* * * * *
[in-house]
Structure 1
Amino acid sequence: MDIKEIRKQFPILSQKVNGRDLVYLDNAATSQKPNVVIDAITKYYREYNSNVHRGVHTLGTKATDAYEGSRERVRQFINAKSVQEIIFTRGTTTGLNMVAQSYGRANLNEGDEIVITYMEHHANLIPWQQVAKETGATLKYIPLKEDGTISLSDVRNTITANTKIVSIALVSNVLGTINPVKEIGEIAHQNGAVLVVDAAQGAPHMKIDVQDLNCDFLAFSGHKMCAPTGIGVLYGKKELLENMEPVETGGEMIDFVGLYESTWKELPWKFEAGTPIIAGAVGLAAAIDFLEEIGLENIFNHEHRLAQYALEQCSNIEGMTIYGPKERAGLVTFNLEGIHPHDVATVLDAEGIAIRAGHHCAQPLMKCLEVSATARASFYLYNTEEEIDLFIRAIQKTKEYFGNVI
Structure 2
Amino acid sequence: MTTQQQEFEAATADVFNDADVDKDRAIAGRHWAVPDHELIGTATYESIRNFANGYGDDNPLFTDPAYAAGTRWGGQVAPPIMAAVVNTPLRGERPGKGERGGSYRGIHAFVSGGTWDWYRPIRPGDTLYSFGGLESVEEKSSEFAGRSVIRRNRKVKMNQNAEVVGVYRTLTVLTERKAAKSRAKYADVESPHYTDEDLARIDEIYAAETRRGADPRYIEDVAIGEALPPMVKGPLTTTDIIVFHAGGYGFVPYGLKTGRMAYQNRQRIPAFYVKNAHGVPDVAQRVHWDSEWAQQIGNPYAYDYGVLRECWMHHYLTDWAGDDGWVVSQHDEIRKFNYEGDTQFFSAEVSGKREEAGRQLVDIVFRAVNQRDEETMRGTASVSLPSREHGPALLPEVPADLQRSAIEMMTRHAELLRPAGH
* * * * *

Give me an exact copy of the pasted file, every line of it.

[in-house]
Structure 1
Amino acid sequence: MDIKEIRKQFPILSQKVNGRDLVYLDNAATSQKPNVVIDAITKYYREYNSNVHRGVHTLGTKATDAYEGSRERVRQFINAKSVQEIIFTRGTTTGLNMVAQSYGRANLNEGDEIVITYMEHHANLIPWQQVAKETGATLKYIPLKEDGTISLSDVRNTITANTKIVSIALVSNVLGTINPVKEIGEIAHQNGAVLVVDAAQGAPHMKIDVQDLNCDFLAFSGHKMCAPTGIGVLYGKKELLENMEPVETGGEMIDFVGLYESTWKELPWKFEAGTPIIAGAVGLAAAIDFLEEIGLENIFNHEHRLAQYALEQCSNIEGMTIYGPKERAGLVTFNLEGIHPHDVATVLDAEGIAIRAGHHCAQPLMKCLEVSATARASFYLYNTEEEIDLFIRAIQKTKEYFGNVI
Structure 2
Amino acid sequence: MTTQQQEFEAATADVFNDADVDKDRAIAGRHWAVPDHELIGTATYESIRNFANGYGDDNPLFTDPAYAAGTRWGGQVAPPIMAAVVNTPLRGERPGKGERGGSYRGIHAFVSGGTWDWYRPIRPGDTLYSFGGLESVEEKSSEFAGRSVIRRNRKVKMNQNAEVVGVYRTLTVLTERKAAKSRAKYADVESPHYTDEDLARIDEIYAAETRRGADPRYIEDVAIGEALPPMVKGPLTTTDIIVFHAGGYGFVPYGLKTGRMAYQNRQRIPAFYVKNAHGVPDVAQRVHWDSEWAQQIGNPYAYDYGVLRECWMHHYLTDWAGDDGWVVSQHDEIRKFNYEGDTQFFSAEVSGKREEAGRQLVDIVFRAVNQRDEETMRGTASVSLPSREHGPALLPEVPADLQRSAIEMMTRHAELLRPAGH